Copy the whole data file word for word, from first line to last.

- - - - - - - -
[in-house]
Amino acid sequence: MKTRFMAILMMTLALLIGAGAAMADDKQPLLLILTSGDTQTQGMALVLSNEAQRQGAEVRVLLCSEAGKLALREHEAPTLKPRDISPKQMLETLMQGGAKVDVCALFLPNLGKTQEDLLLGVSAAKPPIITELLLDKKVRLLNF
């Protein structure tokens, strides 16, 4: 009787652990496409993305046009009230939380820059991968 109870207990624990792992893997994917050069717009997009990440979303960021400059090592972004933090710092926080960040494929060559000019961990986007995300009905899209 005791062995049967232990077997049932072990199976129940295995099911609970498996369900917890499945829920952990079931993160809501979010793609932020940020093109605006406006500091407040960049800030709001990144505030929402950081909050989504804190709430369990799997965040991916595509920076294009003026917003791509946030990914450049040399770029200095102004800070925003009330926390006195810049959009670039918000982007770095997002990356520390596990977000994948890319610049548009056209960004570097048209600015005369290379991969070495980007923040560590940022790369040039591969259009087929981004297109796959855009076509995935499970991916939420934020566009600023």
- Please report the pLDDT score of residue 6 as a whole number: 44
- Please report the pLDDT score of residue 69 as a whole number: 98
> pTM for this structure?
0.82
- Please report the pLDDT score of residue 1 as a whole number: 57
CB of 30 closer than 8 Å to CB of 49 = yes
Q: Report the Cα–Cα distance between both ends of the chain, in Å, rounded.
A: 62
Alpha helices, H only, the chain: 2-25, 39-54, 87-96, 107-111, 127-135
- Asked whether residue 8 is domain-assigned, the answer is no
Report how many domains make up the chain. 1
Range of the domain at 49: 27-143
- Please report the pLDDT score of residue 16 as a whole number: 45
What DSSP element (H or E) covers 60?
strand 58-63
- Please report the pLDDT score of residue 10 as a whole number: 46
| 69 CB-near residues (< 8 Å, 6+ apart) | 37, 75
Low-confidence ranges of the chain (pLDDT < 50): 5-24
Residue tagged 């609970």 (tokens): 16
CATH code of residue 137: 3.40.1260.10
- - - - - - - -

[in-house]
Amino acid sequence: MKTRFMAILMMTLALLIGAGAAMADDKQPLLLILTSGDTQTQGMALVLSNEAQRQGAEVRVLLCSEAGKLALREHEAPTLKPRDISPKQMLETLMQGGAKVDVCALFLPNLGKTQEDLLLGVSAAKPPIITELLLDKKVRLLNF
């Protein structure tokens, strides 16, 4: 009787652990496409993305046009009230939380820059991968 109870207990624990792992893997994917050069717009997009990440979303960021400059090592972004933090710092926080960040494929060559000019961990986007995300009905899209 005791062995049967232990077997049932072990199976129940295995099911609970498996369900917890499945829920952990079931993160809501979010793609932020940020093109605006406006500091407040960049800030709001990144505030929402950081909050989504804190709430369990799997965040991916595509920076294009003026917003791509946030990914450049040399770029200095102004800070925003009330926390006195810049959009670039918000982007770095997002990356520390596990977000994948890319610049548009056209960004570097048209600015005369290379991969070495980007923040560590940022790369040039591969259009087929981004297109796959855009076509995935499970991916939420934020566009600023």
- Please report the pLDDT score of residue 6 as a whole number: 44
- Please report the pLDDT score of residue 69 as a whole number: 98
> pTM for this structure?
0.82
- Please report the pLDDT score of residue 1 as a whole number: 57
CB of 30 closer than 8 Å to CB of 49 = yes
Q: Report the Cα–Cα distance between both ends of the chain, in Å, rounded.
A: 62
Alpha helices, H only, the chain: 2-25, 39-54, 87-96, 107-111, 127-135
- Asked whether residue 8 is domain-assigned, the answer is no
Report how many domains make up the chain. 1
Range of the domain at 49: 27-143
- Please report the pLDDT score of residue 16 as a whole number: 45
What DSSP element (H or E) covers 60?
strand 58-63
- Please report the pLDDT score of residue 10 as a whole number: 46
| 69 CB-near residues (< 8 Å, 6+ apart) | 37, 75
Low-confidence ranges of the chain (pLDDT < 50): 5-24
Residue tagged 């609970």 (tokens): 16
CATH code of residue 137: 3.40.1260.10